ARMSTRONG’S LAST STAND
‘Reggie’ gets special visitor for final game
BEN PLAYS HIS LAST GAME OF RUGBY :
BEN ARMSTRONG expected some emotions and maybe even a few tears when he officially brought an end to his 30-year rugby career at the weekend. What he didn’t expect was to be cheered on by his father who made a 10,000+ mile trip just to do so. Armstrong is the captain of Greystones RFC and a native of Brisbane, Australia. On Saturday, he played his last ever game of rugby as Greystones fell short in their promotion charge, despite a 10-24 victory in the Rebel County. But to make up for that disappointment, Armstrong spent the weekend with his father. Armstrong Sr. had jetted into Dublin on Thursday and spent two nights in Co. Dublin before sneaking down to Cork on the train. When Armstrong emerged from the changing rooms prior to kick-off, he was greeted by his dad, who he hadn’t seen since the summer. The 38-year old couldn’t believe his eyes but he is now hoping to take a leaf out of his father’s book and spend a lot more time with his family now that his rugby career is over. The second row has been in Ireland for six years but is like a piece of the furniture at Dr. Hickey Park recently, where he was named as captain for his final season. But how does a man from Brisbane end up on these shores? Armstrong explains: “I did a level two course with Dan McKellar who was over here with Wicklow RFC, he was trying to coach here and he got in touch with me to see would I want to come over so I started as a player/coach for Wicklow for three years. “When I finished up with Wicklow, Greystones had just been relegated and Reggie (Corrigan) was coming on board as a coach and I was asked would I go up and play and be forwards coach and one thing lead to another, I said I’ll stay for a couple of years and I end up staying for four. It’s been great though. It’s a really good club.” But Armstrong was no outsider looking in and this was proved as he repeatedly took up the captain’s armband when needed to over the years before permanently taking residence of it this year. “Barry Holmes had done three years (as captain); he’d been injured a couple of times so I stood in a couple of times for him and then again last year, I was captain a few times and this year I was back again so they elected me captain. It was very nice. “Being Australian and having only been at the club for four years, it was nice to see that the boys (valued me). It was probably my biggest honour. I coached the 20’s this year too and we won the league which was nice. We beat Trinity in the play-off of the All-Irelands so that was nice as well. It’s been great.” With his greatest personal honour lurking in the back of his mind, why retire? Why now? As Johnny Logan would say, what’s another year? “I’m 38 so there is a bit of a factor there. There’s also the factor that I’ve had a good run without injuries and I don’t want to keep pushing my luck in that sense. You feel like Brian O’Driscoll – that half yard of pace goes; not that I had a yard to start with! “You just think to yourself that you can’t keep pushing your luck. I’ve got a young family, I want to be able to keep running around with them. You don’t want to end on a bad note, you want to be able to choose when you end it. Some people are saying I could have one more year but it’s better (to end it now than hear them say) jeez, you probably shouldn’t have had one more year. It’s time to pack it in unfortunately. I knew it was the right decision because it wasn’t hard to make.” It is not just on the playing field that Armstrong holds the club in high regard. He has a personal connection with it too, and is open to the idea of taking up a coaching role with the senior team next year. “It’s a really good club. They’ve not only accepted me but they’ve accepted my wife and my family and my son whose started playing there. It’s nice to have that in common; he’s started his rugby career where I’ve finished mine. It is a great club in that sense, it is a family club. “There’s a possibility of it (becoming a coach) but it’s up to the club I suppose. I have told them that I’d be interested in it. It should be in the next couple of weeks (I found out), I think they’re putting out a few feelers for different people and hopefully if things go well, I’ll be in the mix there somewhere. That is an aim of mine.” Would his former team-mates find it difficult to adjust to Armstrong in a coaching role though? “That is one of the issues that they’re talking about. The fact that I’m finishing with a couple of the other older guys as well is good; there’s a bit of an age gap there. I think you’ve just got to be responsible about it and I think there’s enough respect there between us that there wouldn’t be an issue as players. They’re used to me in a leadership role but it just mean that I’m not on the pitch anymore.” Armstrong has taken as much from rugby as rugby has taken from him. And now with all this extra free time on his hands, he knows how he’ll be spending it. “Looking back, I started playing at U-7’s so I got a good 30 years. I think for the talent I had, I took it as far as I could go. I played some very good games; I played in Australia, Wales and Ireland. I’ve made some lifelong friends in all three countries so it’s been a big part of my life and big part of my family’s life. No regrets at all which is great. I could look back and wonder what could have been but with the talent I had, I done what I could with it. “I’ll be watching my son play and spending time with him in the backyard and I’m sure my wife has got lots of jobs for me!” Although rugby has provided him with umpteen precious memories, it has also taken something from him. In 1995, Armstrong saw a friend and team-mate die in a tragic on-pitch incident. Nearly 20 years on, his undiluted Australian tones still seem to carry the hurt of that day. Rugby has been a massive part of Ben Armstrong’s life. It probably always will be. But there’s more to life than rugby and he knows that. So what is next for the life of Armstrong and family? After six years in Ireland, he is settled “for a little while anyway”. Maybe it’ll be Armstrong Sr. getting the next surprise.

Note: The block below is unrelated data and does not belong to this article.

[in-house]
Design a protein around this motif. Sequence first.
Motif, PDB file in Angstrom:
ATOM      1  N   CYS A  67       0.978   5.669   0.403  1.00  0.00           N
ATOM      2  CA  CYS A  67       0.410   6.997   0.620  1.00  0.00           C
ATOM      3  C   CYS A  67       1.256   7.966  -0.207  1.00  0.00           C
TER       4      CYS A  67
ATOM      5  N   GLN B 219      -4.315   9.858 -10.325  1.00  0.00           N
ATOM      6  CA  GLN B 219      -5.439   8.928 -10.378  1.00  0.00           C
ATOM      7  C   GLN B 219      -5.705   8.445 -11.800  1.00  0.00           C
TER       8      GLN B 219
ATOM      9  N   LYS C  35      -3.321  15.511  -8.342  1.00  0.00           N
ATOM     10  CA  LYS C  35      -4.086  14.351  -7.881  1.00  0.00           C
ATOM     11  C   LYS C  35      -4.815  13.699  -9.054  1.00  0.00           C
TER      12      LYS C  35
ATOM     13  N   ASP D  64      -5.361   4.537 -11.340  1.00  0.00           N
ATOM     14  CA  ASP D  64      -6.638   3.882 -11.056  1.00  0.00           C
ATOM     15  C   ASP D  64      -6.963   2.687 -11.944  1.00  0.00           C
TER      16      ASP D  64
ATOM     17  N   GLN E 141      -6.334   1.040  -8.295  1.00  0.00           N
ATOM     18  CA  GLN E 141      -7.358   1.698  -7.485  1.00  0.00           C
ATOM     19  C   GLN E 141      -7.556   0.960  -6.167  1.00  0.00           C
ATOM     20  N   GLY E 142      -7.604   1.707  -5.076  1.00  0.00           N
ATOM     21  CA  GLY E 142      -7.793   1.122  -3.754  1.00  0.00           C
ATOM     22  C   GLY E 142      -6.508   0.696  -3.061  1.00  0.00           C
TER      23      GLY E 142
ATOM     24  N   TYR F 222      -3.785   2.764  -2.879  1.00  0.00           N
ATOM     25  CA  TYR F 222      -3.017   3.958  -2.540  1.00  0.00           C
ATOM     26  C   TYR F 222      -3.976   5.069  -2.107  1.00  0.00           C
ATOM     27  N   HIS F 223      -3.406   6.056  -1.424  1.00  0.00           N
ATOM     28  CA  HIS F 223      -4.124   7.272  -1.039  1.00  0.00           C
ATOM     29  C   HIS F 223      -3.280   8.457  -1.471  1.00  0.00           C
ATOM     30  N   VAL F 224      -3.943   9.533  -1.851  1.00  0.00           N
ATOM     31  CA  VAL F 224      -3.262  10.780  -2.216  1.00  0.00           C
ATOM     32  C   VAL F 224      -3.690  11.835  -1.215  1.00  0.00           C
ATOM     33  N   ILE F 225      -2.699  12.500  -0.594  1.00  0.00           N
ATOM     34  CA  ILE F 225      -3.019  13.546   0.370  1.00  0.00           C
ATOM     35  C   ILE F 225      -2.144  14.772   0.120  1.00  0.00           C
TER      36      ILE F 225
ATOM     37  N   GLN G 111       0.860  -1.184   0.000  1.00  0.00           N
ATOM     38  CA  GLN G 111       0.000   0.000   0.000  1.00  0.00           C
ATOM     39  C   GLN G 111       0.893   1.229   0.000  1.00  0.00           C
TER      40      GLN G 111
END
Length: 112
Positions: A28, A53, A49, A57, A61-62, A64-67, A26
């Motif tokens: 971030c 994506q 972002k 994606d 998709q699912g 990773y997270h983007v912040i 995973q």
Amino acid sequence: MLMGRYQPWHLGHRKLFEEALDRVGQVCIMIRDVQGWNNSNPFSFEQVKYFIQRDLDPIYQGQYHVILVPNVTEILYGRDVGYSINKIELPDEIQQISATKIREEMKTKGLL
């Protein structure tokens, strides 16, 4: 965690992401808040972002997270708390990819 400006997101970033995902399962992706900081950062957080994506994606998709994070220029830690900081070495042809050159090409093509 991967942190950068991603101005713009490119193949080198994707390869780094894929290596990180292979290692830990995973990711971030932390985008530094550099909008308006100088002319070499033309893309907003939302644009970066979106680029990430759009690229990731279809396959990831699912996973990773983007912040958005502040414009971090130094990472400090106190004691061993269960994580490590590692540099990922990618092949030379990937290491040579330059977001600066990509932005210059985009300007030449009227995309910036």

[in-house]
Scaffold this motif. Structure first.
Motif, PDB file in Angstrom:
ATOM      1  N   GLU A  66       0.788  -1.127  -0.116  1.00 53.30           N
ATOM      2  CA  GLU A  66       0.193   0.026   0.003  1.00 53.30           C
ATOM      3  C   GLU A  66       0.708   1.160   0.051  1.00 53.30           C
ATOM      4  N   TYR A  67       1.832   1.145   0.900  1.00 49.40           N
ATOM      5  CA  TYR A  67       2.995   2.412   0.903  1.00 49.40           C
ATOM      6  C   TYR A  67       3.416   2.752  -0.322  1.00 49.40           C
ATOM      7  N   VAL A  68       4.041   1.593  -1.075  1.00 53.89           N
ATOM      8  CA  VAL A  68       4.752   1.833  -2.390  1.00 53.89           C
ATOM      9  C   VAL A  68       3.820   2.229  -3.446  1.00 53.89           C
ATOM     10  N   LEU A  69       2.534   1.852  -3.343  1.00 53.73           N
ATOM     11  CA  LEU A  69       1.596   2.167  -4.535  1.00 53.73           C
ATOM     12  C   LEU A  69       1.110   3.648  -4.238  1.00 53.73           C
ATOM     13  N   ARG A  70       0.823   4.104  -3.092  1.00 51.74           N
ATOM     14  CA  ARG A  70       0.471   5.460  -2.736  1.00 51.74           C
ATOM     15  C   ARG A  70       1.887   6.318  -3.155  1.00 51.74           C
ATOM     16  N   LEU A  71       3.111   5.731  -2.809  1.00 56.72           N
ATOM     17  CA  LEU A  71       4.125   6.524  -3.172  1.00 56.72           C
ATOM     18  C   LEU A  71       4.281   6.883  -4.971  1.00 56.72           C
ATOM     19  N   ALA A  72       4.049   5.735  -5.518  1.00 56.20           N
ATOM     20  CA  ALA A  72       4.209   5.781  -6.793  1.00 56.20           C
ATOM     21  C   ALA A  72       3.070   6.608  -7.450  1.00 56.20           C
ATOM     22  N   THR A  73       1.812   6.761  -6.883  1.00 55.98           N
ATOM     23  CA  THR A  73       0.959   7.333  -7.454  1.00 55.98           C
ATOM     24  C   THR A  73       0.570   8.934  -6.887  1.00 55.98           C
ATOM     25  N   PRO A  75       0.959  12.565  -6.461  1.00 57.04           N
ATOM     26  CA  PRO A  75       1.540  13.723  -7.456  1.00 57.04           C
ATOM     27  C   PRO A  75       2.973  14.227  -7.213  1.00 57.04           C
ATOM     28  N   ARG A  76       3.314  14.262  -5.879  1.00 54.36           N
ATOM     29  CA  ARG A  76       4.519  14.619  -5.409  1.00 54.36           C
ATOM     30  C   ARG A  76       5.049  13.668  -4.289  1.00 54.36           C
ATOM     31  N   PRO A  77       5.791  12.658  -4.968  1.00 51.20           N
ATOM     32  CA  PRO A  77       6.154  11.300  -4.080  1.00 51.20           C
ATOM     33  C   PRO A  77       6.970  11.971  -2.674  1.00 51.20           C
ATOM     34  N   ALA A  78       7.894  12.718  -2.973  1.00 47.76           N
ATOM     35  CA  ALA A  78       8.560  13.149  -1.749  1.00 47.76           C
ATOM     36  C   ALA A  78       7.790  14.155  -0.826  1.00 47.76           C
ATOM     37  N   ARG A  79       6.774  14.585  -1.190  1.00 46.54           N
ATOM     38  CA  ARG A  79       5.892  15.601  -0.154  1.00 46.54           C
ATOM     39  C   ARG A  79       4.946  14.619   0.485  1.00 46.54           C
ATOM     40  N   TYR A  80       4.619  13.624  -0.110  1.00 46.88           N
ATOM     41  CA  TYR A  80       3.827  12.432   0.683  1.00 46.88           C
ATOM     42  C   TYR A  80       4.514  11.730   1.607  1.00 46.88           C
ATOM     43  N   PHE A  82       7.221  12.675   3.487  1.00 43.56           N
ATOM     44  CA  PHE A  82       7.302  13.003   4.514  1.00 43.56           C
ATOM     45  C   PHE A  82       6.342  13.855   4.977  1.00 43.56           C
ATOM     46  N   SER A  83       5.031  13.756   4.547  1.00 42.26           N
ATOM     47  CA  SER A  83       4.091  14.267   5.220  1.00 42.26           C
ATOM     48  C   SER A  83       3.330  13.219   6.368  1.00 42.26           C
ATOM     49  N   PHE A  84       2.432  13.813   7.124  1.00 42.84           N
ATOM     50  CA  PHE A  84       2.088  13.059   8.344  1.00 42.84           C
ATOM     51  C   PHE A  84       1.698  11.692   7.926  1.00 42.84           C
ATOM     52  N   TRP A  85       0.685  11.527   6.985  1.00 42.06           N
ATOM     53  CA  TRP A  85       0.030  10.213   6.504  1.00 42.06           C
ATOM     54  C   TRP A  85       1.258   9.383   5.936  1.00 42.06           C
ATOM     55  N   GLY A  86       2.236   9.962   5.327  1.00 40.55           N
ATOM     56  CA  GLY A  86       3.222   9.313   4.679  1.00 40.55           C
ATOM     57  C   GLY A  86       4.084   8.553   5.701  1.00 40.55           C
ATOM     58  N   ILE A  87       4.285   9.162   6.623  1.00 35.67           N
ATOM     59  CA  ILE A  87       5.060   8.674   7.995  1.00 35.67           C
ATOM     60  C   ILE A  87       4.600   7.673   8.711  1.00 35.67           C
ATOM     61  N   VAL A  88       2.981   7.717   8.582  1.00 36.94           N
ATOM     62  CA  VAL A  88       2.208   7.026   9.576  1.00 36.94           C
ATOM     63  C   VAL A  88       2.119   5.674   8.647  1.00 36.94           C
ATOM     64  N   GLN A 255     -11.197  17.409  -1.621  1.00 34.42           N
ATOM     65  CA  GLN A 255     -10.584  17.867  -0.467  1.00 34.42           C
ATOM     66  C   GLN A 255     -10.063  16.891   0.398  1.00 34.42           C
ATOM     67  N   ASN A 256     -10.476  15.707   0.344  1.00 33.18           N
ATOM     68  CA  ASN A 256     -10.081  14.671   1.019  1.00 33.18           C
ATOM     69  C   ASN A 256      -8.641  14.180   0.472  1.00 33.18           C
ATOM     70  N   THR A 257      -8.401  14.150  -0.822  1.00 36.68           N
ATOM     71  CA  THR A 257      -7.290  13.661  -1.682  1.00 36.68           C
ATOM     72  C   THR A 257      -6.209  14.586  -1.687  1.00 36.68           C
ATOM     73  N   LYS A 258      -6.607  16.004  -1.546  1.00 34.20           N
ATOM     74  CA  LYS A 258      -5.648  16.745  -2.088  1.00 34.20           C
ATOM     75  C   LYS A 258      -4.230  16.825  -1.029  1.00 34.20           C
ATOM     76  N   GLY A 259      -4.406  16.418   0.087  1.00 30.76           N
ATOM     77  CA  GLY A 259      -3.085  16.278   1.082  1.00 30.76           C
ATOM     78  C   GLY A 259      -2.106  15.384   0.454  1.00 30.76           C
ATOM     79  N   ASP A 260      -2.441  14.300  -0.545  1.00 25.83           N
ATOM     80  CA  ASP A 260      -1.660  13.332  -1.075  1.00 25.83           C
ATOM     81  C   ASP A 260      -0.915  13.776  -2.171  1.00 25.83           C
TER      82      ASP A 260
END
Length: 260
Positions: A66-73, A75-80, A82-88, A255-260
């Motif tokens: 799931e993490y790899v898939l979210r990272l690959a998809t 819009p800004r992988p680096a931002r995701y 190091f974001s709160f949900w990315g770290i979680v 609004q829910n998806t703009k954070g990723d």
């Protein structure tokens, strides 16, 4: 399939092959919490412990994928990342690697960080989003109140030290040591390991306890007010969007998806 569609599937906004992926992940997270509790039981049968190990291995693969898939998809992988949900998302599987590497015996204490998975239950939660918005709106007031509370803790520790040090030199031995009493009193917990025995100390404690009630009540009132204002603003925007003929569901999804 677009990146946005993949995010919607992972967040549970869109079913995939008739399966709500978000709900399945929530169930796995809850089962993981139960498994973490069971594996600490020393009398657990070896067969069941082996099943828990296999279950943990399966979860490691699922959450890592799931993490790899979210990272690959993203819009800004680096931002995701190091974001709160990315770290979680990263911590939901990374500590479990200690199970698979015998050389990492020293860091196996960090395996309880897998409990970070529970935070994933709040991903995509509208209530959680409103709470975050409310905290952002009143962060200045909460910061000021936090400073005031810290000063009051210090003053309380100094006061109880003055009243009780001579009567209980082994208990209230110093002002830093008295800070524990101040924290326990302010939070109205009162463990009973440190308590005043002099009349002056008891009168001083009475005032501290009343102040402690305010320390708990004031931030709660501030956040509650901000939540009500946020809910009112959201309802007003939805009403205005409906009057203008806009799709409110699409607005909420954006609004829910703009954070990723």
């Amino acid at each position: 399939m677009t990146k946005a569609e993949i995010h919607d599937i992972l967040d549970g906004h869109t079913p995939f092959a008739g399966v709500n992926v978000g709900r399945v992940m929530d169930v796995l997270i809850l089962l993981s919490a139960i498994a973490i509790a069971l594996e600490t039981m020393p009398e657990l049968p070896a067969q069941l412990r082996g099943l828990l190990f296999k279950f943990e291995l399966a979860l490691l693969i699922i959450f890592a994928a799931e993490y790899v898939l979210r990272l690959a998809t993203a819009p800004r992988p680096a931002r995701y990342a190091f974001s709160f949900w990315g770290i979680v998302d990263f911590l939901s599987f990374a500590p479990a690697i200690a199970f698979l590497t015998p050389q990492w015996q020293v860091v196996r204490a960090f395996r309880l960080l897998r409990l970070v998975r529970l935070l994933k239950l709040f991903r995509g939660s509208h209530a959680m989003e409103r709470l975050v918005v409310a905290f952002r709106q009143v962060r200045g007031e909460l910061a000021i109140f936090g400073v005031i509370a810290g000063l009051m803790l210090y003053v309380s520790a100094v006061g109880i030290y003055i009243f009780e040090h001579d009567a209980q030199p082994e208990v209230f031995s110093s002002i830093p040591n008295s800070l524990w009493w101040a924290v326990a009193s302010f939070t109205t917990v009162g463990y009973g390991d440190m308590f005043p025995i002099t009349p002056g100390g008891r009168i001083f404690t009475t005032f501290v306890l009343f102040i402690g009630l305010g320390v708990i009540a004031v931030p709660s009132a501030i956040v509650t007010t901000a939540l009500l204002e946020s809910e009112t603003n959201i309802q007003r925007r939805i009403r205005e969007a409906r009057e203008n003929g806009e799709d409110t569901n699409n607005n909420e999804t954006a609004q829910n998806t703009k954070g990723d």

Loudest? Peter Barry. He thinks he’s a ladies man. Funniest? Bobby Clancy. He doesn’t say much but when he does, it’s good. Moaniest? Andrew Kealy. Bit of a moaner. Vainest? Barry Holmes. Quite easy. Always looking for a mirror in the dressing room and always fixing his hair. Biggest Mammy’s boy? Andrew Kealy again. Definitely. Maddest accent? Bobby Clancy. There were times in those first couple of years where he’d talk and I’d need a translator for the Wexford accent. Most craic on night out? Conor Cleary. Always got the energy for a night out no matter what time of the night. Who would you want beside you in a fight? Peter O’Brien. He’s a Garda so even if you got caught, you’d probably be alright.
Pictured at Ben’s last game for Greystones RFC are, from left: Fiana Armstrong, Neil Armstrong, Ben Armstrong, Max Armstrong, Harri Armstrong, and Aimee Armstrong.
The formidable Ben Armstrong in action.